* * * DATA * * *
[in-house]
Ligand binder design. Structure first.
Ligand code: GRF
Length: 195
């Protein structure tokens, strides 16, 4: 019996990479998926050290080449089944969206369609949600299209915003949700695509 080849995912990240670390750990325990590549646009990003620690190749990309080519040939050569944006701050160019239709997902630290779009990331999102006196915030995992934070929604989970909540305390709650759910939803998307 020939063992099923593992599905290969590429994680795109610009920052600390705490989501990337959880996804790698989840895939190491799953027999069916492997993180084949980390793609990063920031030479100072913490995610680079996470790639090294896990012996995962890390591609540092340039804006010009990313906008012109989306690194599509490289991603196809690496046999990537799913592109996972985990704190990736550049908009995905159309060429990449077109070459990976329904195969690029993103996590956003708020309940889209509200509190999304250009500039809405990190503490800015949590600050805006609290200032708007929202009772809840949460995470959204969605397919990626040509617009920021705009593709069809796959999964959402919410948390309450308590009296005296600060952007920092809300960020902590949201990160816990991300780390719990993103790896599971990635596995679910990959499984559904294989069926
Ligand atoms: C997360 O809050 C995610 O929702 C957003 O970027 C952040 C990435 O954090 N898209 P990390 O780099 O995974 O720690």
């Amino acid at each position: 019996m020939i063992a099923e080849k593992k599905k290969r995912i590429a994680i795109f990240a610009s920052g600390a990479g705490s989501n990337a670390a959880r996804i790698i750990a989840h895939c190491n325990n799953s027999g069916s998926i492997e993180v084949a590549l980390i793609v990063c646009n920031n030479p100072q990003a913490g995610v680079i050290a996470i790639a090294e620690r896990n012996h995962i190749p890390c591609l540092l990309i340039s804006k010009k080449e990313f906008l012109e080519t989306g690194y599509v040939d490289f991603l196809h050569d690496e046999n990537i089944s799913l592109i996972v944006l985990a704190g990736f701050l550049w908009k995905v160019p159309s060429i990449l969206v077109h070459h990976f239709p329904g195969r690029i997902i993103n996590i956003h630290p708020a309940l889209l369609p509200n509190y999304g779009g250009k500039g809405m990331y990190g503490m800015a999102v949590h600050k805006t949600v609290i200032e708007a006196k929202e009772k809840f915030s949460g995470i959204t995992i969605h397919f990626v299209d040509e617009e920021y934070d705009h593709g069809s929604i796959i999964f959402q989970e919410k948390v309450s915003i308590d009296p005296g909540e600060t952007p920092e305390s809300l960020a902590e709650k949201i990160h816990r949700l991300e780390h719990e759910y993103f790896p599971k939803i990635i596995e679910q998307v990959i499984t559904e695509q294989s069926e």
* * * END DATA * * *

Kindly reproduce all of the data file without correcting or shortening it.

[in-house]
Ligand binder design. Structure first.
Ligand code: GRF
Length: 195
């Protein structure tokens, strides 16, 4: 019996990479998926050290080449089944969206369609949600299209915003949700695509 080849995912990240670390750990325990590549646009990003620690190749990309080519040939050569944006701050160019239709997902630290779009990331999102006196915030995992934070929604989970909540305390709650759910939803998307 020939063992099923593992599905290969590429994680795109610009920052600390705490989501990337959880996804790698989840895939190491799953027999069916492997993180084949980390793609990063920031030479100072913490995610680079996470790639090294896990012996995962890390591609540092340039804006010009990313906008012109989306690194599509490289991603196809690496046999990537799913592109996972985990704190990736550049908009995905159309060429990449077109070459990976329904195969690029993103996590956003708020309940889209509200509190999304250009500039809405990190503490800015949590600050805006609290200032708007929202009772809840949460995470959204969605397919990626040509617009920021705009593709069809796959999964959402919410948390309450308590009296005296600060952007920092809300960020902590949201990160816990991300780390719990993103790896599971990635596995679910990959499984559904294989069926
Ligand atoms: C997360 O809050 C995610 O929702 C957003 O970027 C952040 C990435 O954090 N898209 P990390 O780099 O995974 O720690």
């Amino acid at each position: 019996m020939i063992a099923e080849k593992k599905k290969r995912i590429a994680i795109f990240a610009s920052g600390a990479g705490s989501n990337a670390a959880r996804i790698i750990a989840h895939c190491n325990n799953s027999g069916s998926i492997e993180v084949a590549l980390i793609v990063c646009n920031n030479p100072q990003a913490g995610v680079i050290a996470i790639a090294e620690r896990n012996h995962i190749p890390c591609l540092l990309i340039s804006k010009k080449e990313f906008l012109e080519t989306g690194y599509v040939d490289f991603l196809h050569d690496e046999n990537i089944s799913l592109i996972v944006l985990a704190g990736f701050l550049w908009k995905v160019p159309s060429i990449l969206v077109h070459h990976f239709p329904g195969r690029i997902i993103n996590i956003h630290p708020a309940l889209l369609p509200n509190y999304g779009g250009k500039g809405m990331y990190g503490m800015a999102v949590h600050k805006t949600v609290i200032e708007a006196k929202e009772k809840f915030s949460g995470i959204t995992i969605h397919f990626v299209d040509e617009e920021y934070d705009h593709g069809s929604i796959i999964f959402q989970e919410k948390v309450s915003i308590d009296p005296g909540e600060t952007p920092e305390s809300l960020a902590e709650k949201i990160h816990r949700l991300e780390h719990e759910y993103f790896p599971k939803i990635i596995e679910q998307v990959i499984t559904e695509q294989s069926e």